- By Joshua Nevitt
- BBC Politics
Prime Minister Rishi Sunak is under investigation by Parliament’s standards watchdog over a possible failure to declare an interest.
Sunak is under investigation as to whether the declaration of interests was “open and candid”, under rules set by the Standards Commissioner.
The BBC understands that the investigation concerns a childcare company in which his wife is involved.
The Commissioner decides whether a Member of Parliament has broken the rules after an investigation.
A Downing Street spokesperson said: “We are pleased to assist the Commissioner to explain how transparently this has been declared as a ministerial interest.”
Last month, Sunak faced questions about the shares his wife, Akshata Murti, owns in Koru Kids, a childcare agency that could benefit from a new policy unveiled in the spring budget.
Chancellor Jeremy Hunt has announced a pilot program of payments for new babysitters, with more for those who sign up through agencies.
Ms. Morty was listed as a contributor to one of those agencies, Koro Kids, as recently as March 6.
Mr Sunak did not mention Murthy’s links to the Kuro Kids when he was questioned by MPs about child welfare policy at a parliamentary committee hearing on March 28.
Labor MP Katherine McKinnell asked Mr Sunak if he had any interest in the statement, to which he replied: “No, all my disclosures are made in the normal way”.
In a letter to the committee, sent a few days after the hearing, Mr Sunak said his wife’s interest in the Cabinet Office had been made public and an updated statement of ministers’ interests would be issued soon.
Sunak said in his letter that the ministerial list of interests “ensures that steps are taken to avoid or mitigate any potential conflicts of interest”.
The list of ministerial interests is separate from the MPs’ interest register, which states that members “should always consider whether they have a conflict of interest”.
The list hasn’t been updated in nearly a year and was last compiled by Lord Geddet, who has resigned as Boris Johnson’s ethics adviser.
Labor deputy leader Angela Rayner said the failure to update the rules or publish a register of ministers’ interests “has left a black hole in transparency enabling the prime minister and those he appoints to avoid proper scrutiny of their affairs”.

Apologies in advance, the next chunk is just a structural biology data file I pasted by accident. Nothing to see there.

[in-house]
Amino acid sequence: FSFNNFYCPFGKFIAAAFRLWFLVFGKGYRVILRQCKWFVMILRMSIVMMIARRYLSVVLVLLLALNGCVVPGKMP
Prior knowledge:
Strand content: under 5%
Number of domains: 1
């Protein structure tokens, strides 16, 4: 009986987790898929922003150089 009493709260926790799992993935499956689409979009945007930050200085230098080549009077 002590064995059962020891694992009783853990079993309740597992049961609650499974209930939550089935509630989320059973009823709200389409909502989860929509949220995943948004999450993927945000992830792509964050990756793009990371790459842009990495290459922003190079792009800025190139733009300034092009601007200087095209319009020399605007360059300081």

She added, “If Rishi Sunak has nothing to hide, he should commit to publishing the record before the May elections so that the public can see for themselves.”
The Liberal Democrats said the investigation was another example of a Conservative prime minister allegedly “breaking the rules”.
Wendy Chamberlain, leader of the Liberal Democrats, said, “After months of Tory scandal and corruption, the public just wants government focused on the state, rather than saving their own skin.”
The paragraph reads: “Members shall always be open and frank in declaring any relevant interest in any proceedings of the Council or its committees, and in any communications with Ministers, members, public officials or holders of public office.”
The Standards Commissioner is an independent officer investigating allegations of MPs breaching Parliament’s Code of Conduct.
After investigation, if the monitoring body believes the allegation is a breach of the Code, it can bring such cases to the members of the Standards Committee, who can decide on any penalties.
The pilot bonus program for babysitters was announced in the budget on March 15 as part of the government’s childcare reform.
Mr Hunt said the government would “pilot incentive payments of £600 for babysitters who register with the profession, rising to £1,200 for those who join through an agency”.
The pilot could lead to more babysitters entering the profession and generate more business for companies like Koru Kids.
Koru Kids is listed as one of six childcare agencies on the government’s website.
On its website, Koro Kids welcomed the government’s reforms and said “the new incentives for babysitters are great”.
The site says new babysitters will receive a £1,200 bonus if they “come through an agency like Koro Kids which offers community, training and ongoing support”.
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